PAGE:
Getting comfortable with the uncomfortable

Adventures in Leadership sessions focus on the successful transition of incoming first-year students through community building, finding resources and having conversations about college life and Elon.

Air conditioning, cell phone service and a bed — all the comforts of home that 24 incoming first-year students left behind when they took part in the Adventures in Leadership (AIL) whitewater rafting and rock-climbing session this summer.

The whitewater rafting and rock-climbing session was one of six held this July across North Carolina for members of Elon’s Class of 2026, from paddling on the Outer Banks to a local adventure in Alamance County, all the way to Pisgah National Forest in Western North Carolina.

With the help of a Pura Vida repelling guide, incoming first-year students walk across a waterfall to the next repelling spot.

For some of the 150 participants this summer, it was a reunion to the outdoors, a rhythm with nature that they are familiar with. Calista Quirk ‘26, from Potomac Falls, Virginia said it was a dream come true. “If I can do anything outdoor-related before I start school, I want to do it,” said Quirk, who will be an Outdoor Leadership Education major in the fall.

For others, it was a daunting task to sleep in tents, not have cell service and spend the days in the sun hiking. But for all, they did one hard thing after another in preparation for Move-In Day at Elon on Friday, Aug. 19.

Of course, there were those in the middle of those two camps — the ones who liked doing outdoorsy things but haven’t had the opportunity. “I don’t do enough outdoorsy stuff, and yet I love outdoorsy stuff,” said Michael Bilardello ’26.

“I think that introducing people to the outdoors is such a wonderful thing because I did not grow up in an outdoorsy family,” said Juliana Schiano ’23, a student facilitator for AIL, “So I thought that Adventures in Leadership was such a great program because it exposed people to a way to get to know the outdoors in a way that was accessible.”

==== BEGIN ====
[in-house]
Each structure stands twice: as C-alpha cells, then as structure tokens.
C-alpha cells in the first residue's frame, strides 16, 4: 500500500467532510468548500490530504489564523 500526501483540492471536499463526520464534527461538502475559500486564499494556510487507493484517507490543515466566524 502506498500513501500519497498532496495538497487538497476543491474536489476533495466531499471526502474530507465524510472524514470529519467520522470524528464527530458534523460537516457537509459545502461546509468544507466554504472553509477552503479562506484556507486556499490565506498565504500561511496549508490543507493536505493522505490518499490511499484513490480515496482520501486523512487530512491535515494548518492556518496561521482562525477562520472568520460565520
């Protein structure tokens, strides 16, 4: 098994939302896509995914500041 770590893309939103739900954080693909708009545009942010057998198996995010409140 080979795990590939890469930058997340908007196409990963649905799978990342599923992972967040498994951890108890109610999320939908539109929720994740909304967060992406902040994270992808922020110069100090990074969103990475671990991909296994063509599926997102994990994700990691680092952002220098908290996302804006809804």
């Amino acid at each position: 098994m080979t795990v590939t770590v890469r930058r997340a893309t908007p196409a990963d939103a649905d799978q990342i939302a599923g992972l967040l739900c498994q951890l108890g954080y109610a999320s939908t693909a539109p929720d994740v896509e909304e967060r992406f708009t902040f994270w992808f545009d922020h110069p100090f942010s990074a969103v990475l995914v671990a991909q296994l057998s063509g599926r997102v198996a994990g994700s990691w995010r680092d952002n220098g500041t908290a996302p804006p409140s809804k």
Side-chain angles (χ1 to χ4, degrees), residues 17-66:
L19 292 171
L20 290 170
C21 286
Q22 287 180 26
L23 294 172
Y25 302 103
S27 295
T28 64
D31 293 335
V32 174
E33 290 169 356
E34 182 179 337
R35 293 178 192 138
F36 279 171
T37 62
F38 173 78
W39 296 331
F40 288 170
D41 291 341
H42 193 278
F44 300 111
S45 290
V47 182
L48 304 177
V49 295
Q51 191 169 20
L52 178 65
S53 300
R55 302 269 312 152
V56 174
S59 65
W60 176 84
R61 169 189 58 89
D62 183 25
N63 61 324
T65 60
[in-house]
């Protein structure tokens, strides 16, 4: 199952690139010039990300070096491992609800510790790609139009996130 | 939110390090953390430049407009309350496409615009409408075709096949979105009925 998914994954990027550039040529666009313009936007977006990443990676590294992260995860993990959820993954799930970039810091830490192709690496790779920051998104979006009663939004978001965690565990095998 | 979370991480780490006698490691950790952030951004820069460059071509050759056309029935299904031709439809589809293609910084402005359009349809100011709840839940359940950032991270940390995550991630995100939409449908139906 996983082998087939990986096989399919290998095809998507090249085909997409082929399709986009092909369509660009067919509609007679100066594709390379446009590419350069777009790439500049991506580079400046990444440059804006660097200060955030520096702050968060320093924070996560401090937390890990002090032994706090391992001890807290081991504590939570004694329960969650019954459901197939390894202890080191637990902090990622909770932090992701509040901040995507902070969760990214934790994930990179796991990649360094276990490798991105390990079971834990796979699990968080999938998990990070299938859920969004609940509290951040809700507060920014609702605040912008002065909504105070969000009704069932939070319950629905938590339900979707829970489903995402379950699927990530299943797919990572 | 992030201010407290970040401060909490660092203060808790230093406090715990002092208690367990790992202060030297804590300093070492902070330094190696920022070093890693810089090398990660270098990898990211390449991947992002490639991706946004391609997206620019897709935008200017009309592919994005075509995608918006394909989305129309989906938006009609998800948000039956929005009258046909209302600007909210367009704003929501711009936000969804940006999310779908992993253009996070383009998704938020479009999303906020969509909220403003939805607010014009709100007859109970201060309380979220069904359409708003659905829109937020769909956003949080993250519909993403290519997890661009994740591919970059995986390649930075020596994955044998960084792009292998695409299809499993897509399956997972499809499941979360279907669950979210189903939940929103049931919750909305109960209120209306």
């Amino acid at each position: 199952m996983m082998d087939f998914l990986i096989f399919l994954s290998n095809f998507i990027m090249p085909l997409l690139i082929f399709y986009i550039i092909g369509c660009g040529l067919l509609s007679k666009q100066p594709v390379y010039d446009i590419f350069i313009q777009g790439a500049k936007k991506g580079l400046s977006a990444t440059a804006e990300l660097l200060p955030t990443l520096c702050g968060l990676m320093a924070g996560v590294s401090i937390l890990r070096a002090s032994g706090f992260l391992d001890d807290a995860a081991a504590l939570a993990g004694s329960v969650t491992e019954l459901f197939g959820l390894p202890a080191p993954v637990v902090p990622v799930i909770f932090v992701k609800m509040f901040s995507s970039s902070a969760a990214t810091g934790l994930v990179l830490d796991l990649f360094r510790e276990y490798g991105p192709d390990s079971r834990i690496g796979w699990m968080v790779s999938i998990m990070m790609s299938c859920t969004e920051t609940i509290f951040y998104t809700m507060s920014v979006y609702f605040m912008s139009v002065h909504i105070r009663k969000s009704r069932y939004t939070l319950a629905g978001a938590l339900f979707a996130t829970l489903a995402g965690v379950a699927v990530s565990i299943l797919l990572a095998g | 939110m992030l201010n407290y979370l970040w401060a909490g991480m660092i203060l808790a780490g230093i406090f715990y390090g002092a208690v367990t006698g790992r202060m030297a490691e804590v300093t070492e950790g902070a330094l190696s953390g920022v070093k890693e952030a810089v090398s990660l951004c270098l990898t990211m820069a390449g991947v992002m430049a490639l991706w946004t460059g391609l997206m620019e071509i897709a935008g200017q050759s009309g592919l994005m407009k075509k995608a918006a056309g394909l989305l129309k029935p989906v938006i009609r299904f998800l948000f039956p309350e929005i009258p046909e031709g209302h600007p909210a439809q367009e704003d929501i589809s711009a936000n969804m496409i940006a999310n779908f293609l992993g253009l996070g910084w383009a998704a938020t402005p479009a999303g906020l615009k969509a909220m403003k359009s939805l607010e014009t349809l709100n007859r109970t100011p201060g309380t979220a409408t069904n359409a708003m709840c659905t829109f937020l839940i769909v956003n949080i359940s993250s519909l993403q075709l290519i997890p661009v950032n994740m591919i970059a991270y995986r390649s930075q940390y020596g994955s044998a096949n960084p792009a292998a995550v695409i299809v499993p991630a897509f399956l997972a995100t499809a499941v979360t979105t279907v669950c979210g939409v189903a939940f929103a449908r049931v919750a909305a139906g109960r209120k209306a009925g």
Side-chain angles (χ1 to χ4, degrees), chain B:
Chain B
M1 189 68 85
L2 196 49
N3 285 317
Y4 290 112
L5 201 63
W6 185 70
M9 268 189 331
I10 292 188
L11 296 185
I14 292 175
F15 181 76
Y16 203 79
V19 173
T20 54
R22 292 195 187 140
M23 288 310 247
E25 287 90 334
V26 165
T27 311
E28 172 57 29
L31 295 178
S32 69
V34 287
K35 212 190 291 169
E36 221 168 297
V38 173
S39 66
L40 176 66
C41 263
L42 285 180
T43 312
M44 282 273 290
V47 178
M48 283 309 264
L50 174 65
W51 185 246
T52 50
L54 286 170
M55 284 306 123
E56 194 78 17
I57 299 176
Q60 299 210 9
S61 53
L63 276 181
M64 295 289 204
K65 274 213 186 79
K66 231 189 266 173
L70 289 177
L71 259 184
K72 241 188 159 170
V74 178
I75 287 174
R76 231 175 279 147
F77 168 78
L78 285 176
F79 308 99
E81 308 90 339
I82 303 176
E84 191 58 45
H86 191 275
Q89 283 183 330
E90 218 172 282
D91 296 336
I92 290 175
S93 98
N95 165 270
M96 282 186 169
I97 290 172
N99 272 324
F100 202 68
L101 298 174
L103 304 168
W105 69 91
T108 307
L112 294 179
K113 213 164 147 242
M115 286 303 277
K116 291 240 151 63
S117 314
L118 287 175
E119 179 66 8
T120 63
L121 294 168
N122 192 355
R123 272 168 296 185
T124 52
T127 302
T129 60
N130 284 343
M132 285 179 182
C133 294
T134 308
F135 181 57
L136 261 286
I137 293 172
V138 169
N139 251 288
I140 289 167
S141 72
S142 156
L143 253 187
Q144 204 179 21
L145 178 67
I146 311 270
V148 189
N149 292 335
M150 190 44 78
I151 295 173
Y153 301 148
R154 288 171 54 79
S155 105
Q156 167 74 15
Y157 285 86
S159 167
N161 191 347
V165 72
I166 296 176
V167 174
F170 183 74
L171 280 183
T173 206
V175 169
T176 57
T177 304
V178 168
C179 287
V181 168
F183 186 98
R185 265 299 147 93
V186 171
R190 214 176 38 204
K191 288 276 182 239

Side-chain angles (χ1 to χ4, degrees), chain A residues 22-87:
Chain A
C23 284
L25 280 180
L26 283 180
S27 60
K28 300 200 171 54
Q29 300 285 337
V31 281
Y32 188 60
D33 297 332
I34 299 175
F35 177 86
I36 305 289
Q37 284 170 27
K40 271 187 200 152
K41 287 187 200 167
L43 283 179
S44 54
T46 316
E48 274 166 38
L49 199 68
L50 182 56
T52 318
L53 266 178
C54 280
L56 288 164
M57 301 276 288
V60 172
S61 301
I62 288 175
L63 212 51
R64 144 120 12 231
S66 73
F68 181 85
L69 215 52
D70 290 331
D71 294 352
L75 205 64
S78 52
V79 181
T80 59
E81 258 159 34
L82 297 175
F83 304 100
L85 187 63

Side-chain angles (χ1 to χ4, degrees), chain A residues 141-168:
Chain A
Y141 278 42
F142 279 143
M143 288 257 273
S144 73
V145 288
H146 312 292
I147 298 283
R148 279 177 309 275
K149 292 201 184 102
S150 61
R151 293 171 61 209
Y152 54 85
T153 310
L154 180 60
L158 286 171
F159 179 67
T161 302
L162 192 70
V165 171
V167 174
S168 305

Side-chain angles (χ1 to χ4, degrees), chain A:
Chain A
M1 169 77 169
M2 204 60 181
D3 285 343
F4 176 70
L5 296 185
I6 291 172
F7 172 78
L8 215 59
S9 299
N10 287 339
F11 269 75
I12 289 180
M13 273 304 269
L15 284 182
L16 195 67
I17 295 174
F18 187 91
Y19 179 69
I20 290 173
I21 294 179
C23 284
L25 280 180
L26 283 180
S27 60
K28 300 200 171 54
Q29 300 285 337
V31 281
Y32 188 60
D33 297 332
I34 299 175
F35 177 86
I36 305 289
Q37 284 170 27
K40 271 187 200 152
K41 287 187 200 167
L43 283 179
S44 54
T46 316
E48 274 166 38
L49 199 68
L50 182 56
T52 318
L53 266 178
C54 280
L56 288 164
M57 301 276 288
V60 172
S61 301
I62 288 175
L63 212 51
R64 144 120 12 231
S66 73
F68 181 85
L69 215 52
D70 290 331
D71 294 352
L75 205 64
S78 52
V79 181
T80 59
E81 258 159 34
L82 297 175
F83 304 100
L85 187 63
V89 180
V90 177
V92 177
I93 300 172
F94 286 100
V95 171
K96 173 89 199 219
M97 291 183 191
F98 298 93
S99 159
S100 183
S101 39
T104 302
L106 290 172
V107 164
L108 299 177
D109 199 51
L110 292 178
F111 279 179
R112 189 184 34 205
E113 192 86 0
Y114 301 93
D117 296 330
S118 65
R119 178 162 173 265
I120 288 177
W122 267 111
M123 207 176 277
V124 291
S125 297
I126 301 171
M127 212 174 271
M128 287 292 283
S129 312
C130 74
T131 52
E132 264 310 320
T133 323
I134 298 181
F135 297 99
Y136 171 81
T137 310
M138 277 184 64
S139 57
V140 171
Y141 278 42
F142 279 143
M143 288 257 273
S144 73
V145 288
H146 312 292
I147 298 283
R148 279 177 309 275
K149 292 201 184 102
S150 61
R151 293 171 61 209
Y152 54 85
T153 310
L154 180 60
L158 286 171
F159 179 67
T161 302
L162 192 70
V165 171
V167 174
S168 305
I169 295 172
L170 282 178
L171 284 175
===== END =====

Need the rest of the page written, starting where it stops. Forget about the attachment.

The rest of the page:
Schiano, along with 17 fellow student staff members, spent three weeks all across North Carolina, from the Outer Banks on the coast to Brevard in the mountains. AIL is student-run, with a faculty advisor offering support during the sessions. Student coordinators, who are the supervisors during the sessions, float around and make sure everything is running smoothly. They spent the spring semester planning and organizing these sessions, working with vendors, planning logistics and, of course, planning meals. And there are student facilitators, who work closely with the participants, guide conversations about the transition to Elon and become mentors.

“It was amazing to watch the connections form throughout the week between facilitators and participants,” said Mandi Jaffe ’24, a student coordinator from Parkland, Florida. “Being a resource for facilitators and being there to support them was a rewarding job.”

Participants in the rafting and rock-climbing session arrived at Elon on a Sunday. They took on the ropes courses on Elon Challenge to help build trust and relationships and afterward participated in a leadership workshop that included learning the difference between how to lead and how to be a leader and how to get involved at Elon on day one.

On Monday they took a tour of Elon before taking the three-and-a-half-hour drive to Pisgah National Forest in western North Carolina.

Tuesday was the main event for most participants — whitewater rafting. The group took to the water, learned basics and were off. By the end of the day, the group was exhausted from fun, water and smiling.

From the river they headed to downtown Brevard for the town’s weekly square dancing event, which is made into the schedule each year for this session.

Students participate in square dancing in downtown Brevard.

Student leaders ran into the center of the street for square dancing. They grabbed the hands of students and called their names to join the fun. After a day of whitewater rafting, this was a way to wake everyone, give them a second wind. and bring smiles to their faces.

The sun set on the way back to camp. While both participants and facilitators were tired from the day’s activities, they still met in their small groups to talk about the day. In the glow of headlamps strapped to water bottles, the discussion moved around in the circle with each student sharing their rose, their thorn and their bud – their highs and lows of the day, and what they are looking forward to tomorrow.